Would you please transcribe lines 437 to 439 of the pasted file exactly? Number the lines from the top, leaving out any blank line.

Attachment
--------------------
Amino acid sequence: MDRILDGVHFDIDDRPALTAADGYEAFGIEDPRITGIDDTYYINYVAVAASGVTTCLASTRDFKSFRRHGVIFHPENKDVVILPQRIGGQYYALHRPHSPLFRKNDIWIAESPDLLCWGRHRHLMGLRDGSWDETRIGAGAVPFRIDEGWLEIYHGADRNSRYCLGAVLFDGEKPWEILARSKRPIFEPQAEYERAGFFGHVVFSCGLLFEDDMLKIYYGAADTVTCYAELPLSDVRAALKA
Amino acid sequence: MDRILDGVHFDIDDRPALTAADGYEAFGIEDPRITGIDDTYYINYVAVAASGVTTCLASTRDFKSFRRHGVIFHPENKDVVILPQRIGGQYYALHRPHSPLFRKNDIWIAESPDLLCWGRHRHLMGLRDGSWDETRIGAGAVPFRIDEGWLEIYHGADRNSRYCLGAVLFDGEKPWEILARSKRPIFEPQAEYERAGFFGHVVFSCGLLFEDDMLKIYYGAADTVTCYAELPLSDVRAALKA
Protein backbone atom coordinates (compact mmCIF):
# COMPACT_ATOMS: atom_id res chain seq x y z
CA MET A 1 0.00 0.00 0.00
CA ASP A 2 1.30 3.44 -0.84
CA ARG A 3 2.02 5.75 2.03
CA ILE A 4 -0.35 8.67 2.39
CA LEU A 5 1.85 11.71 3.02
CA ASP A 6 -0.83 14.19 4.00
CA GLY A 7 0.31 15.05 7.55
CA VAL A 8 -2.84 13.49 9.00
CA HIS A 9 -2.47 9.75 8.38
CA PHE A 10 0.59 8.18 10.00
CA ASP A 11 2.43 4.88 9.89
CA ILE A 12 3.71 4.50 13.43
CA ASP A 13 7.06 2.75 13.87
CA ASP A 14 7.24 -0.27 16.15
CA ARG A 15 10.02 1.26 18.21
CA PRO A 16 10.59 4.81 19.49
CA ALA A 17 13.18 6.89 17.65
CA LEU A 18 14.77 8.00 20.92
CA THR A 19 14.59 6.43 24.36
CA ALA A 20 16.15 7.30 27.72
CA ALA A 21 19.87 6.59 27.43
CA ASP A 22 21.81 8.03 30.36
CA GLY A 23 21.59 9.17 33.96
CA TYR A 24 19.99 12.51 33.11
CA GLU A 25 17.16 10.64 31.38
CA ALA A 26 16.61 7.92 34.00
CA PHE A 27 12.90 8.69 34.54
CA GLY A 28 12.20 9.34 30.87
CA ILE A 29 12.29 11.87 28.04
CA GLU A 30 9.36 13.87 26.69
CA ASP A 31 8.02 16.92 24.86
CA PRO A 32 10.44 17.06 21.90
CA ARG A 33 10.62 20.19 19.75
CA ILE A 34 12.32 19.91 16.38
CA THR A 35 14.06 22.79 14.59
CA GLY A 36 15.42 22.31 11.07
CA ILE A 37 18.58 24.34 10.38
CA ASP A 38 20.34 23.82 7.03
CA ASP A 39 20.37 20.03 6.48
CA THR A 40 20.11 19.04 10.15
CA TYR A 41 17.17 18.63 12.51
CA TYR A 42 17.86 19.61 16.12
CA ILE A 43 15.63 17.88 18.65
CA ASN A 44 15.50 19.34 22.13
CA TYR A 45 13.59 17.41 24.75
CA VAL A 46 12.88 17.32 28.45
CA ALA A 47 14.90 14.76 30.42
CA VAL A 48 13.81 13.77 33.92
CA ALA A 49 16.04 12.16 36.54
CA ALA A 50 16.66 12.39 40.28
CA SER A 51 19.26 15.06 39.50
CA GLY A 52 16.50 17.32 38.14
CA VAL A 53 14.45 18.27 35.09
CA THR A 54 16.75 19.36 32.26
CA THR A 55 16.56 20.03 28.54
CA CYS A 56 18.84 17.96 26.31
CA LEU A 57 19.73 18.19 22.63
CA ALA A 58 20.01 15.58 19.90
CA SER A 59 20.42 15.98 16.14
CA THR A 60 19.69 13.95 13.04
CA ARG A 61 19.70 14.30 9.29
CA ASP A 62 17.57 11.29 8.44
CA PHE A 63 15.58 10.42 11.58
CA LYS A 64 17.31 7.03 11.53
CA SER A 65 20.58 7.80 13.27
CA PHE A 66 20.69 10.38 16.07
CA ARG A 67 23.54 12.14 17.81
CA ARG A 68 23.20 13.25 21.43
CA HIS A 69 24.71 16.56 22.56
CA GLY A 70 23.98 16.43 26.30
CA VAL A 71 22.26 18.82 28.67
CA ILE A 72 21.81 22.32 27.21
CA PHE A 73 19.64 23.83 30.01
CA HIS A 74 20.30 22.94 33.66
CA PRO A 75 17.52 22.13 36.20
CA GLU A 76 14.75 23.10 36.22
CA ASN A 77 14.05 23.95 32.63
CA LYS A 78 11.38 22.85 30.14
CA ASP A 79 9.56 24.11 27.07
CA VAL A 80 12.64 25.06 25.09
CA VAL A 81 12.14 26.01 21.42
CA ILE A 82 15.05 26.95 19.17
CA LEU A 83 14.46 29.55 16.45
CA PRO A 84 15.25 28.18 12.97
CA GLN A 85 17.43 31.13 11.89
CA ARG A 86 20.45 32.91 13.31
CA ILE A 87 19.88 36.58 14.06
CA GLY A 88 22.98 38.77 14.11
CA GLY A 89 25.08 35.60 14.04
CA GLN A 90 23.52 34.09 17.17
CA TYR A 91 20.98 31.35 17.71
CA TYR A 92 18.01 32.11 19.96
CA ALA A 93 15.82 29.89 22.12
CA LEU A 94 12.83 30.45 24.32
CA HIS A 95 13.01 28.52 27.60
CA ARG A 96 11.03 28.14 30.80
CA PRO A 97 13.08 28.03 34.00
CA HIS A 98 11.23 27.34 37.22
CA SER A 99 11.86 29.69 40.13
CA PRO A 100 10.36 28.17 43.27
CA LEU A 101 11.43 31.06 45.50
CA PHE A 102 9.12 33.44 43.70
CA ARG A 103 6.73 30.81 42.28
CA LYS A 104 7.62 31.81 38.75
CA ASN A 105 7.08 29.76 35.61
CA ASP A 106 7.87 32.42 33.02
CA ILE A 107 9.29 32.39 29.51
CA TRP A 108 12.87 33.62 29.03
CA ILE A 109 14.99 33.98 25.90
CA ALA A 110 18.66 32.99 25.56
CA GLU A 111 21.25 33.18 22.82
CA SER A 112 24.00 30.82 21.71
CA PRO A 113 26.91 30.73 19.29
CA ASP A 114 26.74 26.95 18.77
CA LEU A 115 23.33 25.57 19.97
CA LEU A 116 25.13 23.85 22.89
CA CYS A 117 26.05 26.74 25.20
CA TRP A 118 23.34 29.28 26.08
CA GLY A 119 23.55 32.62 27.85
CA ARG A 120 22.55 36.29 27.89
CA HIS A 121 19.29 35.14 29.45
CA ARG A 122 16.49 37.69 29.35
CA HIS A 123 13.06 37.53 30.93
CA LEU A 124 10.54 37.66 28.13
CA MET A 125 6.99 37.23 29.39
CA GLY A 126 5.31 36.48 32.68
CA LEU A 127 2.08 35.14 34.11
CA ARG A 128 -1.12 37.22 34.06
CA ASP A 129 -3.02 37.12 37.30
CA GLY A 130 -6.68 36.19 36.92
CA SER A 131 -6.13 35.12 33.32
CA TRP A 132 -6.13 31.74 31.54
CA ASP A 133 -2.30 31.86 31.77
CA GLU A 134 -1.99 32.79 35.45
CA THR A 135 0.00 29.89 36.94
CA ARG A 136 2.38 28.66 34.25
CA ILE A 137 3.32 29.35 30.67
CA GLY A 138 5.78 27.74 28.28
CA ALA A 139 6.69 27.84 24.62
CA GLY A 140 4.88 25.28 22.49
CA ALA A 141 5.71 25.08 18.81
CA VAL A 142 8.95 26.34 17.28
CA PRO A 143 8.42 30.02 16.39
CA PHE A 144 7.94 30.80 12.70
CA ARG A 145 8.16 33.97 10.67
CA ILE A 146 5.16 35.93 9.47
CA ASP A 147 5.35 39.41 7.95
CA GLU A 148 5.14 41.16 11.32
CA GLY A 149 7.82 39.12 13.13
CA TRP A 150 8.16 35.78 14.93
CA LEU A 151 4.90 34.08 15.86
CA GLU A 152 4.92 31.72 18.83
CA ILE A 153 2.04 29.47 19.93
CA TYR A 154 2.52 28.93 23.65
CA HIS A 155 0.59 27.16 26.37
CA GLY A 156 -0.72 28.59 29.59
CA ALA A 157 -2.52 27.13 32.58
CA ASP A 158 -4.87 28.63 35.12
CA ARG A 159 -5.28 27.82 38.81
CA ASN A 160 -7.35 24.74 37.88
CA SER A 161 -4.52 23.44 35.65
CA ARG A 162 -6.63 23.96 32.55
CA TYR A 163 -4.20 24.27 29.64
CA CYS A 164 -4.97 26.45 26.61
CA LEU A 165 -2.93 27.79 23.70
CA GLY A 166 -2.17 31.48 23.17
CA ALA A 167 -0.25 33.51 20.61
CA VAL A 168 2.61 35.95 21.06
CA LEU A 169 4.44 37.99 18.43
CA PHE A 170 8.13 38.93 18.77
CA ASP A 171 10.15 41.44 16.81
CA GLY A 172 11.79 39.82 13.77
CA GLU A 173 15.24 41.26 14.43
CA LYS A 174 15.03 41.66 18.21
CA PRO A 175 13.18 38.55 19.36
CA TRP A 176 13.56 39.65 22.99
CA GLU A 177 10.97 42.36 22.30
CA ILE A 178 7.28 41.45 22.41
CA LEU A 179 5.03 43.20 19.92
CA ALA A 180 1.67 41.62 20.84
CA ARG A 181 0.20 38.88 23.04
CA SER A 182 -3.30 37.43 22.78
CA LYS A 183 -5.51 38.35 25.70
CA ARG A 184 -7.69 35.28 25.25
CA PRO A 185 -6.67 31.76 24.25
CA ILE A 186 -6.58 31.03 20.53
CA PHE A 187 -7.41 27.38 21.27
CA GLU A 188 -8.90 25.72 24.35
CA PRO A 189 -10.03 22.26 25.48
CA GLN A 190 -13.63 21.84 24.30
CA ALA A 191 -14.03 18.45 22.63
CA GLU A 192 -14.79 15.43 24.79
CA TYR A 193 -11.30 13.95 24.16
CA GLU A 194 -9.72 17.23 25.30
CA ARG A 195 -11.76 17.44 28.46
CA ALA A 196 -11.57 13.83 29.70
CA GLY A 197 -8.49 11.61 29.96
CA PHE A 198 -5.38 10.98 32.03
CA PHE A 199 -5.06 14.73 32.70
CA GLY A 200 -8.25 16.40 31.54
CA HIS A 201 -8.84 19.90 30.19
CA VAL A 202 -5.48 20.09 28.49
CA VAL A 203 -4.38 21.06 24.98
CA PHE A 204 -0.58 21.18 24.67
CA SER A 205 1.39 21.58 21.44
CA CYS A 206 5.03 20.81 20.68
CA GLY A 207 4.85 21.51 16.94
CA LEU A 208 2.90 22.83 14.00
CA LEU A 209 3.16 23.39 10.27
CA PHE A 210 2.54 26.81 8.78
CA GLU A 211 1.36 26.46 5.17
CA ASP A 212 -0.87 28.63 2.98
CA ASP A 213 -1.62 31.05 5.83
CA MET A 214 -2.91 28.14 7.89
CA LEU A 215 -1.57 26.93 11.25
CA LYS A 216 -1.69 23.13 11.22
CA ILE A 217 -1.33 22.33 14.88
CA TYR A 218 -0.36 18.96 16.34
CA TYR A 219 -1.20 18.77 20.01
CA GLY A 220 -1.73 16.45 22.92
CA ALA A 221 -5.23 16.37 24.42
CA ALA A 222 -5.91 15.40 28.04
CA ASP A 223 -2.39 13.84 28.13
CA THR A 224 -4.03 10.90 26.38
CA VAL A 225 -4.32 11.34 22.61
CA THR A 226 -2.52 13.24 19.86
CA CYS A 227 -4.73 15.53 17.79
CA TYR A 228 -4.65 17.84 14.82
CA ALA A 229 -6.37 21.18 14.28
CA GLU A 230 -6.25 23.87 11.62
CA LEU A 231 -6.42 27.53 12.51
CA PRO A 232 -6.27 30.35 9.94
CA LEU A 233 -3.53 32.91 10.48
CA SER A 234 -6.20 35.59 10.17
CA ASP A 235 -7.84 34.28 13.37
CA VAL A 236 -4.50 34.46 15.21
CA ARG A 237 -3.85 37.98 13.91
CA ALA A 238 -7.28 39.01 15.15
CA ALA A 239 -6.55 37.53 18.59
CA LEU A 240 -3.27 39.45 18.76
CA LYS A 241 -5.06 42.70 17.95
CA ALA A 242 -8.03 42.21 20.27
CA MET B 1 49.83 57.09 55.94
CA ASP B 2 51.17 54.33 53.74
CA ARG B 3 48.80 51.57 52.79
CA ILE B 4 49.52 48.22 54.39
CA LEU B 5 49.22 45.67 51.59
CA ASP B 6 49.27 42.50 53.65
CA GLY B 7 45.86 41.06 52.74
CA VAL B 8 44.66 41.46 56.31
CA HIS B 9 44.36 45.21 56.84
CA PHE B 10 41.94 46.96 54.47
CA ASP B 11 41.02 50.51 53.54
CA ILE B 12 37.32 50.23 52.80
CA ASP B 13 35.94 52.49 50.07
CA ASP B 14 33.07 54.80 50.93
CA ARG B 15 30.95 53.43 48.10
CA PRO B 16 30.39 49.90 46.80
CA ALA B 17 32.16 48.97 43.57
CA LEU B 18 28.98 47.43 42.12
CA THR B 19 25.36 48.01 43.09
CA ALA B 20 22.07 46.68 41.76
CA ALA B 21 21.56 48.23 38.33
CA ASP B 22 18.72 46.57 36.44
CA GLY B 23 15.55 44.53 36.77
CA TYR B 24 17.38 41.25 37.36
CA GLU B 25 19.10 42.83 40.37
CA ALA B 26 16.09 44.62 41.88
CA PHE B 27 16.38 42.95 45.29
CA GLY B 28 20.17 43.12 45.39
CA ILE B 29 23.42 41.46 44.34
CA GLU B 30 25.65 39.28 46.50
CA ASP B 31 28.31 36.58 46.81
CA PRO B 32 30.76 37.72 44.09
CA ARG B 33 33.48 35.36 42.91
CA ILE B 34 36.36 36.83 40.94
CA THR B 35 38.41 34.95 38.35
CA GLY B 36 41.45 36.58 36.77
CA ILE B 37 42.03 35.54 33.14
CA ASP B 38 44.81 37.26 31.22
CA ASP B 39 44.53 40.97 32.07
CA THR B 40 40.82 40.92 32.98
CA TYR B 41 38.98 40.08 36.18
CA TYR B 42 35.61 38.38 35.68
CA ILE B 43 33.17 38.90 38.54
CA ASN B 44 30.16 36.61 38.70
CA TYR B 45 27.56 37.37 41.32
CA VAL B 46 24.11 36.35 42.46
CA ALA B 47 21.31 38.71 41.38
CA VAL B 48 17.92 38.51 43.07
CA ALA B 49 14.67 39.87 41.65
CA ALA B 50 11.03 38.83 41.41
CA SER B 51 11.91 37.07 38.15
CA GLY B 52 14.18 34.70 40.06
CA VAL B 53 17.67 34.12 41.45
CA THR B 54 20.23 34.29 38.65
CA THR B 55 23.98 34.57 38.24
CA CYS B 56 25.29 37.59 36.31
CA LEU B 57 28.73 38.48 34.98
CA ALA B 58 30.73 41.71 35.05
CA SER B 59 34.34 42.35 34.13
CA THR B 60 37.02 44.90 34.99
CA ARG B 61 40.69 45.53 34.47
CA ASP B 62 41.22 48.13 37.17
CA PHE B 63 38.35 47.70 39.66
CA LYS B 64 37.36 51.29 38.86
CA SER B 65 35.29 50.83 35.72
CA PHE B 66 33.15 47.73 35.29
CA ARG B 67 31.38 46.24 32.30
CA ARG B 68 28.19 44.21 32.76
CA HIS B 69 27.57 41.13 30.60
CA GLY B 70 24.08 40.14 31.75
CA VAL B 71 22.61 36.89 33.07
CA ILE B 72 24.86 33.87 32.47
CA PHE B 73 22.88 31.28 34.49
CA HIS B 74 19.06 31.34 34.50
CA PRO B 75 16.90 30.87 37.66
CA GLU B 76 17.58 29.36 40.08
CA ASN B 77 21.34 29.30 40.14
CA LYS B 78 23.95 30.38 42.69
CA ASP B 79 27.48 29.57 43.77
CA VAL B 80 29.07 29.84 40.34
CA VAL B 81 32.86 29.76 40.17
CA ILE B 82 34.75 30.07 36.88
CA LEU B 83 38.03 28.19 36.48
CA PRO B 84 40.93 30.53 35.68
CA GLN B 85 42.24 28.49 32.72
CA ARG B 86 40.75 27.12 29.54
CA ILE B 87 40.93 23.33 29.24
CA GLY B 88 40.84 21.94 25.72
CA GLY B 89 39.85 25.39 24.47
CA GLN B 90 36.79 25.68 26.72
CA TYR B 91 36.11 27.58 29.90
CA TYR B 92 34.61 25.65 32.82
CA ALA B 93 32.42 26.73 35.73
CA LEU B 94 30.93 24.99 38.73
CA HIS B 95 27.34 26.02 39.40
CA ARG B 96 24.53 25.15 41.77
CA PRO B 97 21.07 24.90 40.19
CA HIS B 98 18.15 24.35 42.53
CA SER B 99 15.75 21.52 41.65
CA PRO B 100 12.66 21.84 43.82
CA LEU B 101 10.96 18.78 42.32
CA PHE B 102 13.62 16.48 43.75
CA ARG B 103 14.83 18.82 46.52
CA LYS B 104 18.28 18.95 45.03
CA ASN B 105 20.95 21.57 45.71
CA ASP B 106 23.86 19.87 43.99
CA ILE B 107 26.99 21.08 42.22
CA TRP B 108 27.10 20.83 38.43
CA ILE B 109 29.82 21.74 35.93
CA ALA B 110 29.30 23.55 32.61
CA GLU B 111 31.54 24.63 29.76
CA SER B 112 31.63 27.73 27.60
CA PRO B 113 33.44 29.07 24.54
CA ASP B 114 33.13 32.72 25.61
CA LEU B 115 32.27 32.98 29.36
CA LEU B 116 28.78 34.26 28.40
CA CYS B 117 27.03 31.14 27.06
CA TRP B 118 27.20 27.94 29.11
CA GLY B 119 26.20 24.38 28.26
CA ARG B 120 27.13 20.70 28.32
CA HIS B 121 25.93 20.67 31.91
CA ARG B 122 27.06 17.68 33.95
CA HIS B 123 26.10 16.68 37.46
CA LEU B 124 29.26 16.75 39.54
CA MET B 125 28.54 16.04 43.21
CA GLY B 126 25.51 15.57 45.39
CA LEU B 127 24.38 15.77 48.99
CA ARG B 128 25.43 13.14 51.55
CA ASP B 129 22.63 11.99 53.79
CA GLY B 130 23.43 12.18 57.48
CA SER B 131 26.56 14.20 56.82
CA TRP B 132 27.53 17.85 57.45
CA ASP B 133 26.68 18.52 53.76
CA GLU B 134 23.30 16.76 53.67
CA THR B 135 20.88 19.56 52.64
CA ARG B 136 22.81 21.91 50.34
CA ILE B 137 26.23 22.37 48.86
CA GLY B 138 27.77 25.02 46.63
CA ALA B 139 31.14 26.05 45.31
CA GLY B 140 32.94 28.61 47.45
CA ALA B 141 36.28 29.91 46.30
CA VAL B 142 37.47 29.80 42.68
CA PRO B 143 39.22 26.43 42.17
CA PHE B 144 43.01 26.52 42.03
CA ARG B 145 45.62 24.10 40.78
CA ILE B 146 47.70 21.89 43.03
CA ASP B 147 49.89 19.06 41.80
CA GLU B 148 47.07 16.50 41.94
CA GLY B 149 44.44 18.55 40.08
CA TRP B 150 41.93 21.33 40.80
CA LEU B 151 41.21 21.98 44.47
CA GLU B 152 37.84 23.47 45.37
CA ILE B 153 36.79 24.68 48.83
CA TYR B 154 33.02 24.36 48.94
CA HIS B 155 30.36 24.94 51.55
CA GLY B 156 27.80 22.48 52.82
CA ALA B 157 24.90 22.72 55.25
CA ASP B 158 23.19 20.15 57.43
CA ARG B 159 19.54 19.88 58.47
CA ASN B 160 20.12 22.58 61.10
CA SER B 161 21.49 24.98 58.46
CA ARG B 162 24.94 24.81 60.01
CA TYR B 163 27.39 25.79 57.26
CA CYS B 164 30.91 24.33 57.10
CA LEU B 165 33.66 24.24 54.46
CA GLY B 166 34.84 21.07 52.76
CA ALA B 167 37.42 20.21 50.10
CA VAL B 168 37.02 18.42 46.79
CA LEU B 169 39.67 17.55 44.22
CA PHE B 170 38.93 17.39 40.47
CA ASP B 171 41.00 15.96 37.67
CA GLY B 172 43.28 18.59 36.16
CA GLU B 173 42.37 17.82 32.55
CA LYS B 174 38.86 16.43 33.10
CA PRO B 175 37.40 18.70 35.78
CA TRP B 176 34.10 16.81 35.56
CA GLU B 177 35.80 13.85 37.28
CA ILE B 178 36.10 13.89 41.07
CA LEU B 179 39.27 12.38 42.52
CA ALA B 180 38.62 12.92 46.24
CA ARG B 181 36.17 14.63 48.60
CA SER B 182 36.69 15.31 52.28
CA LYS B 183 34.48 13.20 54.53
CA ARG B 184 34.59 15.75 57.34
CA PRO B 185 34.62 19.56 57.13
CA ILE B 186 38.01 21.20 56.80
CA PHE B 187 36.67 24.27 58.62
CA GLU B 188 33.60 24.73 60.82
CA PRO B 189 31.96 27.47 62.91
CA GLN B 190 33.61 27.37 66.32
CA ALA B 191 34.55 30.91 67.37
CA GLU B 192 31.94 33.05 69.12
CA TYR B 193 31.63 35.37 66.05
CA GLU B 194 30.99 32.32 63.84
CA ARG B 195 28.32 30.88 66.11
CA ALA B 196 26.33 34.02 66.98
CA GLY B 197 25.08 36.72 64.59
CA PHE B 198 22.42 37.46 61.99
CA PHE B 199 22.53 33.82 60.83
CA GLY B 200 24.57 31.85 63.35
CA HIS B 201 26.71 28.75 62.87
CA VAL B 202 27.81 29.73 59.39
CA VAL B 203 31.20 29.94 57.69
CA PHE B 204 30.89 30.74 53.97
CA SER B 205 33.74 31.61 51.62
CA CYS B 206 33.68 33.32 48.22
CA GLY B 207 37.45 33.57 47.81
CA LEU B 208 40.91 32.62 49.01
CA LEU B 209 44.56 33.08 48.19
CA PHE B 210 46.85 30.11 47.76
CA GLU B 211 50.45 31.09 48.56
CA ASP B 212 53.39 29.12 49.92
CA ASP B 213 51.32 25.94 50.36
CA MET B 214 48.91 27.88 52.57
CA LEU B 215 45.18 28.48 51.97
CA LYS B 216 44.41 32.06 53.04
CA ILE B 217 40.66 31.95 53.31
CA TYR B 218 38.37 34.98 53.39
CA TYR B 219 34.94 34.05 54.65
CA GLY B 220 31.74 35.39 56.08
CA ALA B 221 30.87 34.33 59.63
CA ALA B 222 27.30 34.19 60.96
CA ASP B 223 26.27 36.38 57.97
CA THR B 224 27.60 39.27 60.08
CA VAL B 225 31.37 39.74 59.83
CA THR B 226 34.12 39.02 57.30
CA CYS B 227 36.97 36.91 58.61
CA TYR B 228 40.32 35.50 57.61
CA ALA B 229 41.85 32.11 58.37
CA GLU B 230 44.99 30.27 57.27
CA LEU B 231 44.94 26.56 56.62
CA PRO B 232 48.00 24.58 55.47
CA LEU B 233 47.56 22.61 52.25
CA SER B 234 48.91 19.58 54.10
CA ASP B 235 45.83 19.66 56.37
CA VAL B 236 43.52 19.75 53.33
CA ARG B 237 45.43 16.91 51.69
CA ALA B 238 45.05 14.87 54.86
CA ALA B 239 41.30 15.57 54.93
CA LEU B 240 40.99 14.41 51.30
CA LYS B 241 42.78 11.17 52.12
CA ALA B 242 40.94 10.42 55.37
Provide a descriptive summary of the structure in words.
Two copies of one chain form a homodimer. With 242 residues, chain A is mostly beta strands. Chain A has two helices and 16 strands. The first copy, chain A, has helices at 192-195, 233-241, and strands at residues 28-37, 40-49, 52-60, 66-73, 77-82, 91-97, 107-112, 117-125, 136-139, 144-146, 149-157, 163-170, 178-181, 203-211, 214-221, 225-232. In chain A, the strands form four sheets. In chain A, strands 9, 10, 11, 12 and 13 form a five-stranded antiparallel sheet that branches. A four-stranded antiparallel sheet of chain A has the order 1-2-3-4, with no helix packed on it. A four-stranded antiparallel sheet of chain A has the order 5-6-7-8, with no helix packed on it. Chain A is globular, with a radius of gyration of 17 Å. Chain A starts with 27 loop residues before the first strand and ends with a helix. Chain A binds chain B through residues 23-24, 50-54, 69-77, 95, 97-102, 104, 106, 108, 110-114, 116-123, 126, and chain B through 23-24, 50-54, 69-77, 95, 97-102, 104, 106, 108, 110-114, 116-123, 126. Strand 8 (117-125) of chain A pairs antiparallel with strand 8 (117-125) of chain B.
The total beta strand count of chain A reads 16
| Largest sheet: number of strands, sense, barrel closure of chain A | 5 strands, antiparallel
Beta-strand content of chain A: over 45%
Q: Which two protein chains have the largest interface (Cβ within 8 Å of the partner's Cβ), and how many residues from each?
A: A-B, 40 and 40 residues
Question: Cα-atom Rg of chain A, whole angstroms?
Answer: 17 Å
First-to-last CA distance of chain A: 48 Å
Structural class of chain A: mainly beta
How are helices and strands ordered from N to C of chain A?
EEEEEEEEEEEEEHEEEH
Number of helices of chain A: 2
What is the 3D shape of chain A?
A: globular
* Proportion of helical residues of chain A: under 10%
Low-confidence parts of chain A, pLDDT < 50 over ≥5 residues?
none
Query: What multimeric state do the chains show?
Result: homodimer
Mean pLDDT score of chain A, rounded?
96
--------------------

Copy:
CA ALA B 191 34.55 30.91 67.37
CA GLU B 192 31.94 33.05 69.12
CA TYR B 193 31.63 35.37 66.05